[Haskell-cafe] topEq for types
Nicolas Frisby
nicolas.frisby at gmail.com
Thu Nov 16 18:59:05 EST 2006
I'm sharing what I think is a novel extension of TypeEq. Please
1) cope with my introduction of the motivating problem
2) inform me if something similar has already been presented
3) criticize the solution
This presentation is quite a simplification of my actual problem/code,
but I'm trying to just show the essence of the technique. Feel free to
request the real story or for me to actually code this up. Disclaimer:
the following is an untested presentation of correctly functioning
code.
Thanks for your time.
Motivation:
In the HList paper, a subtle example involved polymorphism and the
singleton list. Because the list was a singleton, TypeCast can be used
to resolve the polymorphism. Otherwise, the polymorphism (i.e. free
type variables) would prevent crucial typeclass instances from firing.
This has inspired a solution to a recent problem of mine. I
essentially had an HList of functor values that share the same carrier
type. Envision the type of such a list as
[F0 Char, F1 Char, ..., Fn Char]
where Fi is a functor. I occasionally wanted to "update" one of these values:
fn :: F0 Char -> F0 Char
fn (F0_CtorOfInterest c) = ...new value...
fn f0_c = f0_c
newList = specialHMap fn oldList
This works fine; the specialHMap method/class is pretty easy to write
using TypeEq. The problem arises when I introduce more interesting
functors; consider
[F Char, G Char, (BF Int) Char]
where BF is a bifunctor. Targeting such an functor with an update
operation will fail if the update does not specify t.
fn2 :: (BF t) Char -> (BF t) Char
fn2 (C0 _) = C1 'c'
fn2 x = x
When the typeclass instances traverse the HList and check each element
for a type match, the polymorphism of t in fn2 precludes a successful
match of any TypeEq instance.
This was frustrating, because it prohibited me from writing modular code!
Solution:
My solution to the problem was to indicate to the typechecker that
certain functors were unique in my HList. So if BF showed up in the
HList with a first argument of t', then it would be safe to unify the
free t from fn2 with t' (via TypeCast), because no other BF will show
up in my list. This quickly generalized to types of various kind with
various parameters free.
The key to the solution is this class:
> class TypeTopEq' () teq x y bn => TypeTopEq teq x y bn
> | teq x y -> bn
> class TypeTopEq' q teq x y bn
> | q teq x y -> bn
> class TypeTopEq'' q teq x y bn
> | q teq x y -> bn
>
> instance TypeTopEq' () teq x y bn => TypeTopEq teq x y bn
>
>
> instance TypeCast bn HTrue => TypeTopEq' () TEQ_ hd hd bn
>
> instance TypeCast bn HTrue => TypeTopEq' () TEQ_0 (hd a) (hd z) bn
> instance TypeCast bn HTrue => TypeTopEq' () TEQ_1 (hd a) (hd a) bn
>
> instance TypeCast bn HTrue => TypeTopEq' () TEQ_00 (hd a b) (hd z y) bn
> instance TypeCast bn HTrue => TypeTopEq' () TEQ_01 (hd a b) (hd z b) bn
> instance TypeCast bn HTrue => TypeTopEq' () TEQ_10 (hd a b) (hd a y) bn
> instance TypeCast bn HTrue => TypeTopEq' () TEQ_11 (hd a b) (hd a b) bn
>
> -- more instances and TEQ_* for higher kinds of hd
TEQ stands for "top equality qualifier". Each 0 specifies that the
corresponding argument to the functor is "soft" and not required to
match while each 1 specifies that the type is "hard" and is required
to match. For example, these instances result in
TypeTopEq TEQ_ Int Char HFalse
TypeTopEq TEQ_ Int Int HTrue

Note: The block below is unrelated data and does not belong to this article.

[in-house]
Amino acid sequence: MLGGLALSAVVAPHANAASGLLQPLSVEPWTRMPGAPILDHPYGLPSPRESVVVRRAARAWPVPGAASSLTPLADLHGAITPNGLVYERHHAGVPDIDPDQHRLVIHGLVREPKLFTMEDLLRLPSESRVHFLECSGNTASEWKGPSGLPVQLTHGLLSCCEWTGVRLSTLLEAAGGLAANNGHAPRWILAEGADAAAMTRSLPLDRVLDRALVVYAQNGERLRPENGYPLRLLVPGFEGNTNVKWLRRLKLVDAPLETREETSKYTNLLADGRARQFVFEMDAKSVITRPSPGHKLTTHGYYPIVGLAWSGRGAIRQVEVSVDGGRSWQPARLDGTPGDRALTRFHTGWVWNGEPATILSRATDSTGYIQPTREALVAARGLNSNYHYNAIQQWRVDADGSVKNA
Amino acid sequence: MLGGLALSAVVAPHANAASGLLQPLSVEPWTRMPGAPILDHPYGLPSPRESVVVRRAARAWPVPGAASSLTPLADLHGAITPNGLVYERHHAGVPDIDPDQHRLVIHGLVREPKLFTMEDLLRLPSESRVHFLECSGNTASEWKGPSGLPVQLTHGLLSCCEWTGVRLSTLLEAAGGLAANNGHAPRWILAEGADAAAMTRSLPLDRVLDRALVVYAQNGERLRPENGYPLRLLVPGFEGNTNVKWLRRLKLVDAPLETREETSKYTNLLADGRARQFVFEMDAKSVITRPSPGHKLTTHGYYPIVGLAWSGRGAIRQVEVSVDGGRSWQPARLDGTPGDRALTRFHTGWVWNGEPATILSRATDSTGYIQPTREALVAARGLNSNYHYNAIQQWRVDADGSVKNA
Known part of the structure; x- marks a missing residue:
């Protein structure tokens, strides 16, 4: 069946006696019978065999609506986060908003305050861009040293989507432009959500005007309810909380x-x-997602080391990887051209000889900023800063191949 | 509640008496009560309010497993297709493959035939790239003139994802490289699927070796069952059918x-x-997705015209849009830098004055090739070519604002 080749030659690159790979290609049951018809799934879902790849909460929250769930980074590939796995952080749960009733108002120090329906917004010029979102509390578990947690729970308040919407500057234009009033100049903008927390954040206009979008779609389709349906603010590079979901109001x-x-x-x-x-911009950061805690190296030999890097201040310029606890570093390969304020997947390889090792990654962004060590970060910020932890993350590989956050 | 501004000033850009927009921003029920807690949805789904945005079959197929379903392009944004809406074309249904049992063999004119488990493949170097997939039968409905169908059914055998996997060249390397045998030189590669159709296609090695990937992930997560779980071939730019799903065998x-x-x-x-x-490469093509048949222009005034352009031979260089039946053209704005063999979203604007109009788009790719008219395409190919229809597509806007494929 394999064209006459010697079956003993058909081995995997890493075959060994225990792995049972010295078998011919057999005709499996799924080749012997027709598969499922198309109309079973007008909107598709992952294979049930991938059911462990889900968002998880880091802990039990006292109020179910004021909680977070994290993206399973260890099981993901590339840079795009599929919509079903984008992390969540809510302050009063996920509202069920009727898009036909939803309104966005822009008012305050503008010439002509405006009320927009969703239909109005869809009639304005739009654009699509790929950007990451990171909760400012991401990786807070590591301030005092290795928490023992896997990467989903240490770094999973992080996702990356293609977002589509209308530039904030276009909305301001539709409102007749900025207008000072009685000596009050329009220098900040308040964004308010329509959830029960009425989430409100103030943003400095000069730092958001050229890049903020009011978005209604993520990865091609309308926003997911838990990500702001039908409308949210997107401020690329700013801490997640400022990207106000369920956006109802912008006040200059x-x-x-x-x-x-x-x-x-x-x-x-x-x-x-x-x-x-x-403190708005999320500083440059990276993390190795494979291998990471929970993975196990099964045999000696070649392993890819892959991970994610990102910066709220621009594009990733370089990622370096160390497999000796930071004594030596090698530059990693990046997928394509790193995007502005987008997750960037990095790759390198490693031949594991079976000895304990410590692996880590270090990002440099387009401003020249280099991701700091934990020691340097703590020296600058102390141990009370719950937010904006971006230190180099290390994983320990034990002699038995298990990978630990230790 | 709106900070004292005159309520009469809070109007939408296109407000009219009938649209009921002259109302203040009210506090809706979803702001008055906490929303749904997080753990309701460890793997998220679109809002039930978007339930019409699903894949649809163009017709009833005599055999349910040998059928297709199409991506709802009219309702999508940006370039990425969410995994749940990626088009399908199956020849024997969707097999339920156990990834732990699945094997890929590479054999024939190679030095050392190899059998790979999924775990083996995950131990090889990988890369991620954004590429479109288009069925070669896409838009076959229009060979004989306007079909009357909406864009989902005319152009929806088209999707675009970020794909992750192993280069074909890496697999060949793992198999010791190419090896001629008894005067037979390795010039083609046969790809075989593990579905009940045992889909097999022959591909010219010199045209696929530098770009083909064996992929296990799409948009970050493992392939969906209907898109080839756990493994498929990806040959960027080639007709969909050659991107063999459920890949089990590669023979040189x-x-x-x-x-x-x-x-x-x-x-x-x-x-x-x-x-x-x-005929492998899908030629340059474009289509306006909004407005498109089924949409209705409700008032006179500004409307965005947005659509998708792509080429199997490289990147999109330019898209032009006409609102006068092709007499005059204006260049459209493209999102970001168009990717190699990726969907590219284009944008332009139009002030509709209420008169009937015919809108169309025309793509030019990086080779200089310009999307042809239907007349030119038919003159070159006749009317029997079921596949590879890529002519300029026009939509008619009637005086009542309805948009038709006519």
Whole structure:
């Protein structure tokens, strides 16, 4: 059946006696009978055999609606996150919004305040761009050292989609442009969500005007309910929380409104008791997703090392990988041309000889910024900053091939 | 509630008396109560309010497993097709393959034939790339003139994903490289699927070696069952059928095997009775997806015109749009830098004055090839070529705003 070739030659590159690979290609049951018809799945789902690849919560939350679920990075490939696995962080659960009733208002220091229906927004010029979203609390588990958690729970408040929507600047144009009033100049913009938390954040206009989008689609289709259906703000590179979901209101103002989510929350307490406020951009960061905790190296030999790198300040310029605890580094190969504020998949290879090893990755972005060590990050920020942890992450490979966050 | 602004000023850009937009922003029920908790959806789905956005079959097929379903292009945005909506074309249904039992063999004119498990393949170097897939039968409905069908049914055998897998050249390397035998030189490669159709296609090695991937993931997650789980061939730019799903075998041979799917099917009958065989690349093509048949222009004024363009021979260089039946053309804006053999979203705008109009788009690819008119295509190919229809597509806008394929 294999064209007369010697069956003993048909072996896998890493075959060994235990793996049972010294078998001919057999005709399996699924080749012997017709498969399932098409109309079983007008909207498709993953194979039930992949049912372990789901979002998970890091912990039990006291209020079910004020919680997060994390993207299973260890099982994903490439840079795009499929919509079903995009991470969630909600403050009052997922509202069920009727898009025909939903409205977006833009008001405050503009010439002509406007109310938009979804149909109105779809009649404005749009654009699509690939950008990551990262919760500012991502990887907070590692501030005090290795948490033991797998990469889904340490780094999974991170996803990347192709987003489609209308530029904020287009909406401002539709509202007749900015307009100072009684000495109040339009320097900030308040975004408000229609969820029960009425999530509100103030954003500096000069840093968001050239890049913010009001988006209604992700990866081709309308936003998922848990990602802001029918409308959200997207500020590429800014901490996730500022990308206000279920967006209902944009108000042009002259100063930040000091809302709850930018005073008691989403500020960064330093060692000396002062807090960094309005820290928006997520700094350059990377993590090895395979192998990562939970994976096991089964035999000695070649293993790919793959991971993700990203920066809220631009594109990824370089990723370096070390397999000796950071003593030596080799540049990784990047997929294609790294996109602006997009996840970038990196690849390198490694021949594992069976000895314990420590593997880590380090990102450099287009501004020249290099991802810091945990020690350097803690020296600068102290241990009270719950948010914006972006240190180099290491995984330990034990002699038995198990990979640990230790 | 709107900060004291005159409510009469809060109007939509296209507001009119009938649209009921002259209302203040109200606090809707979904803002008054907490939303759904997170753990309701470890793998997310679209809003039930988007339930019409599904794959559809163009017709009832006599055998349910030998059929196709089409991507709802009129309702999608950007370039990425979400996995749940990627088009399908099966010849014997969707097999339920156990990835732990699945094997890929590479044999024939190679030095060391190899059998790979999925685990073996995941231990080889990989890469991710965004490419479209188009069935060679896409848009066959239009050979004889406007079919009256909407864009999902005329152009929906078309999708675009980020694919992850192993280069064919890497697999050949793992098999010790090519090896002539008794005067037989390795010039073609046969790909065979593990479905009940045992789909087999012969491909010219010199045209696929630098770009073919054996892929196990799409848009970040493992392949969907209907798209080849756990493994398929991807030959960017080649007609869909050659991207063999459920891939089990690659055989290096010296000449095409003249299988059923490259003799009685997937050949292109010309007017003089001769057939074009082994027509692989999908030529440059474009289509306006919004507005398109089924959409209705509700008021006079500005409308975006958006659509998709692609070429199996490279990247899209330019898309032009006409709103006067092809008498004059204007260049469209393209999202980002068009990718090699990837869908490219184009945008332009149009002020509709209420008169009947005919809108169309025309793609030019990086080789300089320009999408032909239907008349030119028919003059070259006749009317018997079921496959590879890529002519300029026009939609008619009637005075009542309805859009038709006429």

TypeTopEq TEQ_0 (F Int) (F Int) HTrue
TypeTopEq TEQ_0 (F Int) (F Char) HTrue
TypeTopEq TEQ_0 (F Int) (F Char) HTrue
TypeTopEq TEQ_1 (F Int) (F Char) HFalse
TypeTopEq TEQ_0 (F Int) (G Int) HFalse
TypeTopEq TEQ_1 (F Int) (G Int) HFalse
TypeTopEq TEQ_00 (F2 Int Int) (F2 Char Char) HTrue
TypeTopEq TEQ_01 (F2 Int Int) (F2 Char Char) HFalse
TypeTopEq TEQ_10 (F2 Int Int) (F2 Char Char) HFalse
TypeTopEq TEQ_11 (F2 Int Int) (F2 Char Char) HFalse
TypeTopEq TEQ_01 (BF t x) (BF Int x) HTrue --- solves the problem above
TypeTopEq TEQ_00 (F2 Int Char) (F2 Char Char) HTrue
TypeTopEq TEQ_01 (F2 Int Char) (F2 Char Char) HTrue
TypeTopEq TEQ_10 (F2 Int Char) (F2 Char Char) HFalse
TypeTopEq TEQ_11 (F2 Int Char) (F2 Char Char) HFalse
And so on.
This class enables typecases based on the "top equality" of two type
variables instead of requiring total equality. For example
> class SpecialHMap a b l l' | a b l -> l' where specialHMap :: (a -> b) -> l -> l'
> -- HNil case elided
> instance ( TypeTopEq teq a head bn, HMap_Case bn a b (HCons teq head tail) l'
> ) => SpecialHMap a b (HCons teq head tail) l' where
> specialHMap = hmap_case (undefined :: bn)
>
> class HMap_Case a b l l' | a b l -> l' where hmap_case :: bn -> (a -> b) -> l -> l'
> instance ( SpecialHMap a b tail tail'
> , TypeCast head a
> ) => HMap_Case HTrue a b (HCons teq head tail) (HCons teq b tail) where
> hmap_case _ fn (HCons hd tl) = HCons (fn . typeCast $ hd) (specialHMap fn tail)
>
> -- HFalse/recursive instance elided
Note that the HTrue instance uses TypeCast instead of multiple
occurences of the same variable in the instance parameters.
Unfortunately TypeTopEq wanders into the territory of varying kinds
and gets a bit out of hand. It has, however, solved my problem. I used
a variant of HCons that also has, as a phantom argument, the TEQ to be
used for that element. When the typeclass instances traverse the
HList, they use the TEQ for each element to decide how to check for a
type match with the domain of the update function. Alternatively, I
could try to write an overloaded uHCons function that will calculate
the proper TEQ value for an element as it adds it to a list; but that
was overkill at the moment.
I hope that was interesting! I think this could be quickly expanded to
other sorts of type-level pattern matching. Please share any thoughts.
Thanks again,
Nick
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